4. The semiconductor memory device according to claim 1, wherein said dividing means includes
a plurality of switching means provided between the junction points, respectively,
the switching means corresponding to the selected word line out of said switching means, being rendered non-conductive, the remaining switching means being rendered conductive.
5. The semiconductor memory device according to claim 4, further comprising
second selection means for rendering those switching means corresponding to the selected word line non-conductive during testing.
6. The semiconductor memory device according to claim 5, wherein
said first selection means comprises a row decoder responsive to a row address signal supplied from outside for selecting one of said word lines, and
said second selection means comprises a column decoder responsive to a row address signal applied from outside for selecting one of said switching means to render the selected switching means non-conductive during testing, said second selection means being responsive to the column address signal applied from outside for selecting one of said bit lines during normal operation.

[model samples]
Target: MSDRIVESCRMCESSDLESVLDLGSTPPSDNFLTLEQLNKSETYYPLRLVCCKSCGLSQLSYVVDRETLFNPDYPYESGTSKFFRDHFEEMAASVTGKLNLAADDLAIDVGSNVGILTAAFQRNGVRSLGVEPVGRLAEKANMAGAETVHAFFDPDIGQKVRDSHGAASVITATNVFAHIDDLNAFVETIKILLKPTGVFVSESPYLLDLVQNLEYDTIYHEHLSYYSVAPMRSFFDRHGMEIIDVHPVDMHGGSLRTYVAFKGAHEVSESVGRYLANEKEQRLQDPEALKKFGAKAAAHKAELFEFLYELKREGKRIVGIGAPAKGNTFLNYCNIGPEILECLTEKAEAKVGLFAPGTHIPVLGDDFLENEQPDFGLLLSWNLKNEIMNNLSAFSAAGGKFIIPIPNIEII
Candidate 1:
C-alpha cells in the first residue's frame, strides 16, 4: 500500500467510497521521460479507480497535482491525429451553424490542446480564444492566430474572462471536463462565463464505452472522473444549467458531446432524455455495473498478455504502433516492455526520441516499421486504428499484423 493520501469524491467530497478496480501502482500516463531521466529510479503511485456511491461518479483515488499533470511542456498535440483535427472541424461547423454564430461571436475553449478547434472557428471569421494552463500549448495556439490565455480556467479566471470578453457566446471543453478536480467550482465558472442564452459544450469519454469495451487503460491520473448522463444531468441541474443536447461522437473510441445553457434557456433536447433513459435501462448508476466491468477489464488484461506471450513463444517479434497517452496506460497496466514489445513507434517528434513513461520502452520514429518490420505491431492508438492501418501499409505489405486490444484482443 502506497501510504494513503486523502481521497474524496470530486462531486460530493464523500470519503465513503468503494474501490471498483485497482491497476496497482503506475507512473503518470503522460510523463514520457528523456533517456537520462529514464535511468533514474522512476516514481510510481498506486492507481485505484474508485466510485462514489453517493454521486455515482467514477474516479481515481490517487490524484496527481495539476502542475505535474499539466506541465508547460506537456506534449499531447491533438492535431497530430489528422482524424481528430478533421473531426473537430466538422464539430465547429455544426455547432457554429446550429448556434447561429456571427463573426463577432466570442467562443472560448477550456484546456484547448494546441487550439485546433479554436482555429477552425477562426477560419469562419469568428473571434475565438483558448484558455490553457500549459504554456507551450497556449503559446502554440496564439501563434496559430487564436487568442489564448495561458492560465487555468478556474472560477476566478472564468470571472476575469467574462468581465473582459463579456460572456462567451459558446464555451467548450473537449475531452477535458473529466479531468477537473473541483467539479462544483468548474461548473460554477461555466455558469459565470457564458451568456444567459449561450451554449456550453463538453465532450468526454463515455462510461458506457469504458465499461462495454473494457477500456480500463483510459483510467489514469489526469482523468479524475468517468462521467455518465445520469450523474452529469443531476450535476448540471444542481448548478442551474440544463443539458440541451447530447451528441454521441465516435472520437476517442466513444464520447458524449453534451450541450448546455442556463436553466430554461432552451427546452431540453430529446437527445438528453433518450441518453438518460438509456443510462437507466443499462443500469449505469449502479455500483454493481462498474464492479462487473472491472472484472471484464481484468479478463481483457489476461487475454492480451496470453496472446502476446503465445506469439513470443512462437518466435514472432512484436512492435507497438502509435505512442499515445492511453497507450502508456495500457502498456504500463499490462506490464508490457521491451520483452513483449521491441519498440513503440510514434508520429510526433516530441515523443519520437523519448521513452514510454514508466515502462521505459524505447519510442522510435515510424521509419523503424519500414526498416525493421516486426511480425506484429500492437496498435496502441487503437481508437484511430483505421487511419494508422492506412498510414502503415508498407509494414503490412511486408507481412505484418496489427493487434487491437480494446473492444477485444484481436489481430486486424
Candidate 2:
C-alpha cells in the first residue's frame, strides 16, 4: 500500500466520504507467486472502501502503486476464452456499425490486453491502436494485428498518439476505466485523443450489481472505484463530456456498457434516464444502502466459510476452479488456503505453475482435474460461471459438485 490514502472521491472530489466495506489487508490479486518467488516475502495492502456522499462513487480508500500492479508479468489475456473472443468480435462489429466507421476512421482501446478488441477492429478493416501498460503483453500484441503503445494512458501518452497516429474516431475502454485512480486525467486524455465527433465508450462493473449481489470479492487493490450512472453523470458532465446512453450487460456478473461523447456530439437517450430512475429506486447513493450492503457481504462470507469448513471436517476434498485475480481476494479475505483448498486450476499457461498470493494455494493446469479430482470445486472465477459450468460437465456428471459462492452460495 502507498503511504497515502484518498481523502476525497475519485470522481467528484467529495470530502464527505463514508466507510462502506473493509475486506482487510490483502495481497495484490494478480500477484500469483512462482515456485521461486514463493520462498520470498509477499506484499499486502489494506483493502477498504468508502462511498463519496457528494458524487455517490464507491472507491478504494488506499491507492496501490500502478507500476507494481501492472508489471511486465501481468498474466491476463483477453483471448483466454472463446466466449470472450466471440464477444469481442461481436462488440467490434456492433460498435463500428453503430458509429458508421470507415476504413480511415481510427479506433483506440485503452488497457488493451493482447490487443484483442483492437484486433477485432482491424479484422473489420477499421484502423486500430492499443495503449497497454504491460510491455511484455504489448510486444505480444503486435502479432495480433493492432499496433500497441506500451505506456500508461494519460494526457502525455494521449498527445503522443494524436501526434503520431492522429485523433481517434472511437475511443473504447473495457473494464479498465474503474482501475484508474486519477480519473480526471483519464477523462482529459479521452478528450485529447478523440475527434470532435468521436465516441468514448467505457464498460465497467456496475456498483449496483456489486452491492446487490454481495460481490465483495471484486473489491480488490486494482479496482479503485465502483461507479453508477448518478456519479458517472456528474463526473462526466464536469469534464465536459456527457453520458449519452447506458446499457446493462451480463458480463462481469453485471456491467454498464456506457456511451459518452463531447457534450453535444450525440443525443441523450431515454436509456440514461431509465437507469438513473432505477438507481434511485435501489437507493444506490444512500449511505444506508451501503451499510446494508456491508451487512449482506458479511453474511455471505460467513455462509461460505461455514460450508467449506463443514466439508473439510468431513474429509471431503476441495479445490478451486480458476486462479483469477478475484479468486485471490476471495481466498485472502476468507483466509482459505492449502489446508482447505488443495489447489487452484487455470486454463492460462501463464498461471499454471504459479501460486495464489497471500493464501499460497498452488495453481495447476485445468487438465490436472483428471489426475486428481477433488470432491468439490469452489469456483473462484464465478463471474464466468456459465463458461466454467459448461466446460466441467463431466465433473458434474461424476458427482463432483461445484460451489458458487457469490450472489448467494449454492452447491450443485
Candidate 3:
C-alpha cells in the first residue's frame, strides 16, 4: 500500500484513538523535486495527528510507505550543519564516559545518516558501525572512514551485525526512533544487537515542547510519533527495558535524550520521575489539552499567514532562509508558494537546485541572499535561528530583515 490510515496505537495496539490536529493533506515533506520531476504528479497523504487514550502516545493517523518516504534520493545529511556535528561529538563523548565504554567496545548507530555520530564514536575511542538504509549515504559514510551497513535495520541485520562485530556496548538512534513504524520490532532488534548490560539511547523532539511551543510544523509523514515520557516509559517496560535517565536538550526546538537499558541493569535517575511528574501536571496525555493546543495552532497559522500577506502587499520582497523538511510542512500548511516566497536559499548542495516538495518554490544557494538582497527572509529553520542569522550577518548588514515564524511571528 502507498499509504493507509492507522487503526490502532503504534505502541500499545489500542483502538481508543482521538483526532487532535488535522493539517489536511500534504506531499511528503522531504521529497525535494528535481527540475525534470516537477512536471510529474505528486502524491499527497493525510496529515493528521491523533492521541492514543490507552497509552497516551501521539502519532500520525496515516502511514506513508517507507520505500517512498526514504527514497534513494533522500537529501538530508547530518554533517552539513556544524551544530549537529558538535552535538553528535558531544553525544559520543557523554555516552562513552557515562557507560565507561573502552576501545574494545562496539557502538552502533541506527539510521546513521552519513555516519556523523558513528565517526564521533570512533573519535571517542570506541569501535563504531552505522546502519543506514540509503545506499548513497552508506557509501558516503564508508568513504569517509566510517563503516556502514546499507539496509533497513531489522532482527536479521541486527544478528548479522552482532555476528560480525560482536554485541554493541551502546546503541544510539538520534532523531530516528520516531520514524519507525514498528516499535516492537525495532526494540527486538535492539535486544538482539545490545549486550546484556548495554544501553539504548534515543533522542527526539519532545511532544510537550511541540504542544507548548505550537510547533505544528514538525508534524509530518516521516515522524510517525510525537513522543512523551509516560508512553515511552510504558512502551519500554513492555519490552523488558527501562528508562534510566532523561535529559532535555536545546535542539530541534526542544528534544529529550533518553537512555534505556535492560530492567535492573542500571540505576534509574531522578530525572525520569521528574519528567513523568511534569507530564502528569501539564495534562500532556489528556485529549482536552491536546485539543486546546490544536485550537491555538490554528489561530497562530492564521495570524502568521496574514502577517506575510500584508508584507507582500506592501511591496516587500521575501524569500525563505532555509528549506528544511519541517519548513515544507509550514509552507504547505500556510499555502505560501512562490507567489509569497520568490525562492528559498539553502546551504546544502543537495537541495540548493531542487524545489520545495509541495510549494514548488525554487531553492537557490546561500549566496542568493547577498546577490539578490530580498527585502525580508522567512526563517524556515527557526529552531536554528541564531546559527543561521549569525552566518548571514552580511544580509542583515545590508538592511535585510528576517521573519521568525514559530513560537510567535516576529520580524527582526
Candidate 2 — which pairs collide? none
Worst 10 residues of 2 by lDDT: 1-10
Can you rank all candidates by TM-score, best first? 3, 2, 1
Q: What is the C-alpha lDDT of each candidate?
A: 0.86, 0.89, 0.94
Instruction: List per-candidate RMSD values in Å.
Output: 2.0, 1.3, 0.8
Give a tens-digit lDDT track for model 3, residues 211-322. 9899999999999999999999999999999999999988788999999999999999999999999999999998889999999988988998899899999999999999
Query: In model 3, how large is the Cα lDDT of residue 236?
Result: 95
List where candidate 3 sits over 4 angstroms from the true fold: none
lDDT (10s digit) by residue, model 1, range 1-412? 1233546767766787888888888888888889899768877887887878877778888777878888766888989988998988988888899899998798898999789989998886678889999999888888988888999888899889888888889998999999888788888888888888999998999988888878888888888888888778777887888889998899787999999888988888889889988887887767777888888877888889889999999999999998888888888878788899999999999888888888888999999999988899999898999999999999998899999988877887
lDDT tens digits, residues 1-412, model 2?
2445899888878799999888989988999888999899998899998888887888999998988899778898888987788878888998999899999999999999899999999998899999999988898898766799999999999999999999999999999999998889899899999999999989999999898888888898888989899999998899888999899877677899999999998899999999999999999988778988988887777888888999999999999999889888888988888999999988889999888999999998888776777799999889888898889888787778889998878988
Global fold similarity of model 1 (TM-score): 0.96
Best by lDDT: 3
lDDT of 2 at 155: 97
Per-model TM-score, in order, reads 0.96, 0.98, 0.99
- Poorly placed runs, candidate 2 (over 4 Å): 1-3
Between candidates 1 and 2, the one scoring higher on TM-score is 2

7. The semiconductor memory device according to claim 6, further comprising
switching means responsive to a test signal applied from outside for applying the row address signal applied from outside to said column decoder during testing, and for applying the column address signal applied from outside to said column decoder during the normal operation.
8. The semiconductor memory device according to claim 2, wherein each of said detection means comprises further a plurality of switching elements, each of said switching elements being connected between the corresponding junction point and a predetermined potential and having a control electrode to which a detection result from the corresponding comparator means is applied.
9. The semiconductor memory device according to claim 4, wherein
each of said switching means comprises a MOS transistor.
10. A semiconductor memory device comprising, on a common chip:
a plurality of word lines;
a plurality of bit lines arranged to intersect said word lines;
a plurality of memory cells at intersections of said word lines and said bit lines;
means for carrying out line mode testing of successing word lines wherein all memory cells connected to a word line under test are tested simultaneously;
detector means for correlating said bit lines to said word lines being tested; and
output means responsive to said detector means for generating a signal identifying the location or locations of at least one bit line failure.
Description
CROSS-REFERENCE TO RELATED APPLICATION

This application has reference to our copending U.S. application Ser. No. 400,899, filed Aug. 30, 1989 commonly assigned with the present invention.

BACKGROUND OF THE INVENTION

1. Field of the Invention

This invention relates to a semiconductor memory device and, more particularly, to a semiconductor memory device having an on-chip test circuit, and the method for testing the semiconductor memory device.

1. Description of Background Art